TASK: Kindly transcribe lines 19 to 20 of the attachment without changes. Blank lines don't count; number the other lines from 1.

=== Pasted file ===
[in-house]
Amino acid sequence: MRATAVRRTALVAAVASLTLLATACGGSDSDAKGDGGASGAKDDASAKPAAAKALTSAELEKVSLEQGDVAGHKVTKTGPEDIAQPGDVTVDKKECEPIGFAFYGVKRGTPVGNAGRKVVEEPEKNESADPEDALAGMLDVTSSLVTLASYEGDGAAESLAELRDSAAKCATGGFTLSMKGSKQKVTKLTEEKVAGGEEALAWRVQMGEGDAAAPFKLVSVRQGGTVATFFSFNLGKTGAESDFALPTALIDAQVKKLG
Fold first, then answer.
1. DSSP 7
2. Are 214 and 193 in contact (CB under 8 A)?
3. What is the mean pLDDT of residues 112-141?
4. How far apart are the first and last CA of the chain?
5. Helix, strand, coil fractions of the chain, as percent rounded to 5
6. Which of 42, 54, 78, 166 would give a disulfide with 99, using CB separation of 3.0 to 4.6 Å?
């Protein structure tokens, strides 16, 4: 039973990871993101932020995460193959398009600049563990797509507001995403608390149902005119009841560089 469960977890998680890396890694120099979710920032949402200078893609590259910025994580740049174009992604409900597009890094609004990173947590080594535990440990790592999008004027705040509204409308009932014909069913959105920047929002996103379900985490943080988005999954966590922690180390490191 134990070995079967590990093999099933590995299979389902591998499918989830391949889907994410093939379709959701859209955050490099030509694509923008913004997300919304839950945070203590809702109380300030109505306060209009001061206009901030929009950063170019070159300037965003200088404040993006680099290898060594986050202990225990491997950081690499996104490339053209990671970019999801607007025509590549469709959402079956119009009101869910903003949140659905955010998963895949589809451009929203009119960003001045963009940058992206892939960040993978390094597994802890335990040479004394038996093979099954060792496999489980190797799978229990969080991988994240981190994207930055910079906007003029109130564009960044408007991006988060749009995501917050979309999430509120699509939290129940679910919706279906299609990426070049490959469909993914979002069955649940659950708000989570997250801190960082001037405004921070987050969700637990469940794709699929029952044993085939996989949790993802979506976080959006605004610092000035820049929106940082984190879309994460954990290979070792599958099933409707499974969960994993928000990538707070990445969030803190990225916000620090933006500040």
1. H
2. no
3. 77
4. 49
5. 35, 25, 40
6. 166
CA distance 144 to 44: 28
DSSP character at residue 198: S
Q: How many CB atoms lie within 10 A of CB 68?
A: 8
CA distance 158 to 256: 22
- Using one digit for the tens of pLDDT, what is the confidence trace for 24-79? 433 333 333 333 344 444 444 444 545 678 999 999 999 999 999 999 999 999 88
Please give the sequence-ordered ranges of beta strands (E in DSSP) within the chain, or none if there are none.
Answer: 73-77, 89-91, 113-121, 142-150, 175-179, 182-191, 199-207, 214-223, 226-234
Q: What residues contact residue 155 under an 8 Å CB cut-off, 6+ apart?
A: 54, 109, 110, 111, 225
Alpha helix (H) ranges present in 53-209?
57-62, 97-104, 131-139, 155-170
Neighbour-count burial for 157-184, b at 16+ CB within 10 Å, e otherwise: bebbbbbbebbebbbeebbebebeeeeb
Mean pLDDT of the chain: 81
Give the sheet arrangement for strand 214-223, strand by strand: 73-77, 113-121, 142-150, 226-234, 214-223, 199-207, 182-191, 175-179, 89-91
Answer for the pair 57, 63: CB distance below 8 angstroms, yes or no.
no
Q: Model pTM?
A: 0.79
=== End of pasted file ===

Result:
Q: How many CB atoms lie within 10 A of CB 68?
A: 8